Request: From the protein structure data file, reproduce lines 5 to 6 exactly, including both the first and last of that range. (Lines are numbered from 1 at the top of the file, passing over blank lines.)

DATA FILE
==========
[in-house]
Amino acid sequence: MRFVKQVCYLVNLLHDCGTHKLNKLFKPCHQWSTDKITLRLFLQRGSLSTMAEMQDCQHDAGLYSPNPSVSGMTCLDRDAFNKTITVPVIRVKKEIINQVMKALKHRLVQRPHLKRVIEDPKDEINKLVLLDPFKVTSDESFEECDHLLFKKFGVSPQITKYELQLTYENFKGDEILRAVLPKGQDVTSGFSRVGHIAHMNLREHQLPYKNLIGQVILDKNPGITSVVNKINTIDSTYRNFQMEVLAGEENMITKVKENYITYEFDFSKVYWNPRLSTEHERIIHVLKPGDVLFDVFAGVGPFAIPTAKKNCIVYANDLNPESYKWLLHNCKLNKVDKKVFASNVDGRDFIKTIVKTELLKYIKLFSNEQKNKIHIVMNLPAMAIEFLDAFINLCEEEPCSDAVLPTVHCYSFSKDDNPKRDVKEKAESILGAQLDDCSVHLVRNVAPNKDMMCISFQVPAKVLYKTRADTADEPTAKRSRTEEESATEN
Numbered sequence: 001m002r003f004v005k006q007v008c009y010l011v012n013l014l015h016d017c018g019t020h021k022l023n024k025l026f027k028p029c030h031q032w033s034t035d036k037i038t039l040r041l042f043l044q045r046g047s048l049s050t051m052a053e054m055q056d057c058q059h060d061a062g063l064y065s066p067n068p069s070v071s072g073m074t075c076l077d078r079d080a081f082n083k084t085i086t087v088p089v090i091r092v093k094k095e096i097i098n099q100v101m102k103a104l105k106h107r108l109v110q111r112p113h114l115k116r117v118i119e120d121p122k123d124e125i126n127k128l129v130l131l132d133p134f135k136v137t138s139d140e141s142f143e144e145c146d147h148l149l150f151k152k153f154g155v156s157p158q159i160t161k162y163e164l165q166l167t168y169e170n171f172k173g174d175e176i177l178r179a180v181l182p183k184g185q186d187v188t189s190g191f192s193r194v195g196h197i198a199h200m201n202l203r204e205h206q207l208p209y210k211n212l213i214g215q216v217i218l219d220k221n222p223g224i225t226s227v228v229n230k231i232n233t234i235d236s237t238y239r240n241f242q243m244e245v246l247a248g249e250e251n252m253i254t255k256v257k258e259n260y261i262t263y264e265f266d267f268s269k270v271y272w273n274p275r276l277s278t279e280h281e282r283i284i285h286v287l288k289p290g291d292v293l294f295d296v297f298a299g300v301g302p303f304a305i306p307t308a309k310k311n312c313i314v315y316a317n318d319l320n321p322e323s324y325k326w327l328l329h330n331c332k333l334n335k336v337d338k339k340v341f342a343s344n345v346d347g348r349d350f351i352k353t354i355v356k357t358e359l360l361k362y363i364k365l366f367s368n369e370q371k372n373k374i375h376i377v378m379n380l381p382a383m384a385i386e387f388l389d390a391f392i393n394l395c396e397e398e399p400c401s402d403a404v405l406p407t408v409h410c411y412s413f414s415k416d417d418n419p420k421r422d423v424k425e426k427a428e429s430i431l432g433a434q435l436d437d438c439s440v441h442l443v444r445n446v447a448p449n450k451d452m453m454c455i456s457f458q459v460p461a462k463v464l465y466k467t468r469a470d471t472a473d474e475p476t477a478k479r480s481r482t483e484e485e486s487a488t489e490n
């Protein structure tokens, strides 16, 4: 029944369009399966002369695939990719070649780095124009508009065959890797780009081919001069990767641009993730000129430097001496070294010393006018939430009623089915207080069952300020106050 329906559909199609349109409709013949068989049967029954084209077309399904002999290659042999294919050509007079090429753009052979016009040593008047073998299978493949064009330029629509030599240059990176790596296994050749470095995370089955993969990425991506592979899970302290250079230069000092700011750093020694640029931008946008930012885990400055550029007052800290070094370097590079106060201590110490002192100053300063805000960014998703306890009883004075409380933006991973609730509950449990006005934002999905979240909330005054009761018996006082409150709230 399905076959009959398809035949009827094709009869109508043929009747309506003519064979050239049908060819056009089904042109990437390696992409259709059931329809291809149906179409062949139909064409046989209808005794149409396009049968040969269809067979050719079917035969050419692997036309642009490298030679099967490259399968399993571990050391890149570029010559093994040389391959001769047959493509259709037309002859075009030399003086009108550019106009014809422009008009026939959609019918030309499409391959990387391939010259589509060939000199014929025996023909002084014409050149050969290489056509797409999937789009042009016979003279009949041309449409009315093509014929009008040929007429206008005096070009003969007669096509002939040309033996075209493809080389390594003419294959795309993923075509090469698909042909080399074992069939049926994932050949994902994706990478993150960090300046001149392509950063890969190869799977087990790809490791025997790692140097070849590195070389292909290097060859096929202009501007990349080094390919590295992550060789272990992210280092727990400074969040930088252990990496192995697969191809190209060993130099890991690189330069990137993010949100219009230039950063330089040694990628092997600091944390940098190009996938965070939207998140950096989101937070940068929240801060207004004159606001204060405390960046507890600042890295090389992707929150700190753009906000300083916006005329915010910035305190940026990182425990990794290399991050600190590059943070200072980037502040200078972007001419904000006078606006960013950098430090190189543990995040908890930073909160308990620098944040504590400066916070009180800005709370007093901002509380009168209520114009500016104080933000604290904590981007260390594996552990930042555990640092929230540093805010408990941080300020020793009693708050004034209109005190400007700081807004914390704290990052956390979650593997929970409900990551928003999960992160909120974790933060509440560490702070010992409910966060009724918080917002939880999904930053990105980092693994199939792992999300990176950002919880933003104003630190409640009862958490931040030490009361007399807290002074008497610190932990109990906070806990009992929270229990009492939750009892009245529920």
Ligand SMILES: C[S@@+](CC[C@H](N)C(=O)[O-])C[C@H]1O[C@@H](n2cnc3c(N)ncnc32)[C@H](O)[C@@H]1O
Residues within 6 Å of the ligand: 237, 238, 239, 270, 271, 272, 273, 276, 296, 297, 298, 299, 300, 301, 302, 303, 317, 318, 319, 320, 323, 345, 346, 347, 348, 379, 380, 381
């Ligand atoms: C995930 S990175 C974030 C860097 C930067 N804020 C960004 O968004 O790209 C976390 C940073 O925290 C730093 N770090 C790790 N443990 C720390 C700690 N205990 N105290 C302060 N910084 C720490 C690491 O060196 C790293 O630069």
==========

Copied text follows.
Ligand SMILES: C[S@@+](CC[C@H](N)C(=O)[O-])C[C@H]1O[C@@H](n2cnc3c(N)ncnc32)[C@H](O)[C@@H]1O
Residues within 6 Å of the ligand: 237, 238, 239, 270, 271, 272, 273, 276, 296, 297, 298, 299, 300, 301, 302, 303, 317, 318, 319, 320, 323, 345, 346, 347, 348, 379, 380, 381